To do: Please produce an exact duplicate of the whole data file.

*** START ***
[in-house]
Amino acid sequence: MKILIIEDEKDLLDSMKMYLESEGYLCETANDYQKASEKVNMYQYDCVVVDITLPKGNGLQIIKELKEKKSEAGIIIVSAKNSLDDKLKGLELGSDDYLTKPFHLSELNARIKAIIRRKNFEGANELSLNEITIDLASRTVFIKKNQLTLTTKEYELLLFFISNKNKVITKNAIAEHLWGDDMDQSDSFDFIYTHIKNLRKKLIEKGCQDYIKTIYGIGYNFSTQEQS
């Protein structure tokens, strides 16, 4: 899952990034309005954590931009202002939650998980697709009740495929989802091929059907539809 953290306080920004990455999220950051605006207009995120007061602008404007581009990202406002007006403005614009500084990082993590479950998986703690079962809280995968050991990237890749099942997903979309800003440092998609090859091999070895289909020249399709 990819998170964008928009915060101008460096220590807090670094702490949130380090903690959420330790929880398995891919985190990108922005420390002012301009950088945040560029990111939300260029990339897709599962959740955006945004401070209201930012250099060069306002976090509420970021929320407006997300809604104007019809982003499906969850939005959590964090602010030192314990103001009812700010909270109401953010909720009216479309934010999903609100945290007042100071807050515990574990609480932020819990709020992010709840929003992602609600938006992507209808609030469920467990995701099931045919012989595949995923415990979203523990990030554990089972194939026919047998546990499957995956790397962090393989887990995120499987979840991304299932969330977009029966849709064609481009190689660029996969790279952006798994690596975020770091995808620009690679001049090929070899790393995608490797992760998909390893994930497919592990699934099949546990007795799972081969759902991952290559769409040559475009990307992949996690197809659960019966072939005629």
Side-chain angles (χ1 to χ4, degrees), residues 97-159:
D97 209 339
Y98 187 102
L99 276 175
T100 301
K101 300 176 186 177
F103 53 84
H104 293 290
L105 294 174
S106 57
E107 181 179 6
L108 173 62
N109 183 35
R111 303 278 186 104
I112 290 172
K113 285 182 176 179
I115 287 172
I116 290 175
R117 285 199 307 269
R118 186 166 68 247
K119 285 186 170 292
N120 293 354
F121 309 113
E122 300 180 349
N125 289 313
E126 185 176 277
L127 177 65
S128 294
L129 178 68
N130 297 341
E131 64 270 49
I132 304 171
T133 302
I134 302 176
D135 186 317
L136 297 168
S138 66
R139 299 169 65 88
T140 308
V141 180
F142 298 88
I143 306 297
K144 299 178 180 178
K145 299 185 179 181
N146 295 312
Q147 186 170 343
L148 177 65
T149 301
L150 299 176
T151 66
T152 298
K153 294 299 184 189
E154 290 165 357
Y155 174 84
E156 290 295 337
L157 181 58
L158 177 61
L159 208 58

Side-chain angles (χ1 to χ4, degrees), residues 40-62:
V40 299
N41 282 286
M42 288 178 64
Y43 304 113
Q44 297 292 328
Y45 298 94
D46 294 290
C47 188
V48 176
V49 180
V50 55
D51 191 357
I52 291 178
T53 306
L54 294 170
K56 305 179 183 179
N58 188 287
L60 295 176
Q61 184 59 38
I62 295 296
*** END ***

[in-house]
Amino acid sequence: MKILIIEDEKDLLDSMKMYLESEGYLCETANDYQKASEKVNMYQYDCVVVDITLPKGNGLQIIKELKEKKSEAGIIIVSAKNSLDDKLKGLELGSDDYLTKPFHLSELNARIKAIIRRKNFEGANELSLNEITIDLASRTVFIKKNQLTLTTKEYELLLFFISNKNKVITKNAIAEHLWGDDMDQSDSFDFIYTHIKNLRKKLIEKGCQDYIKTIYGIGYNFSTQEQS
């Protein structure tokens, strides 16, 4: 899952990034309005954590931009202002939650998980697709009740495929989802091929059907539809 953290306080920004990455999220950051605006207009995120007061602008404007581009990202406002007006403005614009500084990082993590479950998986703690079962809280995968050991990237890749099942997903979309800003440092998609090859091999070895289909020249399709 990819998170964008928009915060101008460096220590807090670094702490949130380090903690959420330790929880398995891919985190990108922005420390002012301009950088945040560029990111939300260029990339897709599962959740955006945004401070209201930012250099060069306002976090509420970021929320407006997300809604104007019809982003499906969850939005959590964090602010030192314990103001009812700010909270109401953010909720009216479309934010999903609100945290007042100071807050515990574990609480932020819990709020992010709840929003992602609600938006992507209808609030469920467990995701099931045919012989595949995923415990979203523990990030554990089972194939026919047998546990499957995956790397962090393989887990995120499987979840991304299932969330977009029966849709064609481009190689660029996969790279952006798994690596975020770091995808620009690679001049090929070899790393995608490797992760998909390893994930497919592990699934099949546990007795799972081969759902991952290559769409040559475009990307992949996690197809659960019966072939005629």
Side-chain angles (χ1 to χ4, degrees), residues 97-159:
D97 209 339
Y98 187 102
L99 276 175
T100 301
K101 300 176 186 177
F103 53 84
H104 293 290
L105 294 174
S106 57
E107 181 179 6
L108 173 62
N109 183 35
R111 303 278 186 104
I112 290 172
K113 285 182 176 179
I115 287 172
I116 290 175
R117 285 199 307 269
R118 186 166 68 247
K119 285 186 170 292
N120 293 354
F121 309 113
E122 300 180 349
N125 289 313
E126 185 176 277
L127 177 65
S128 294
L129 178 68
N130 297 341
E131 64 270 49
I132 304 171
T133 302
I134 302 176
D135 186 317
L136 297 168
S138 66
R139 299 169 65 88
T140 308
V141 180
F142 298 88
I143 306 297
K144 299 178 180 178
K145 299 185 179 181
N146 295 312
Q147 186 170 343
L148 177 65
T149 301
L150 299 176
T151 66
T152 298
K153 294 299 184 189
E154 290 165 357
Y155 174 84
E156 290 295 337
L157 181 58
L158 177 61
L159 208 58

Side-chain angles (χ1 to χ4, degrees), residues 40-62:
V40 299
N41 282 286
M42 288 178 64
Y43 304 113
Q44 297 292 328
Y45 298 94
D46 294 290
C47 188
V48 176
V49 180
V50 55
D51 191 357
I52 291 178
T53 306
L54 294 170
K56 305 179 183 179
N58 188 287
L60 295 176
Q61 184 59 38
I62 295 296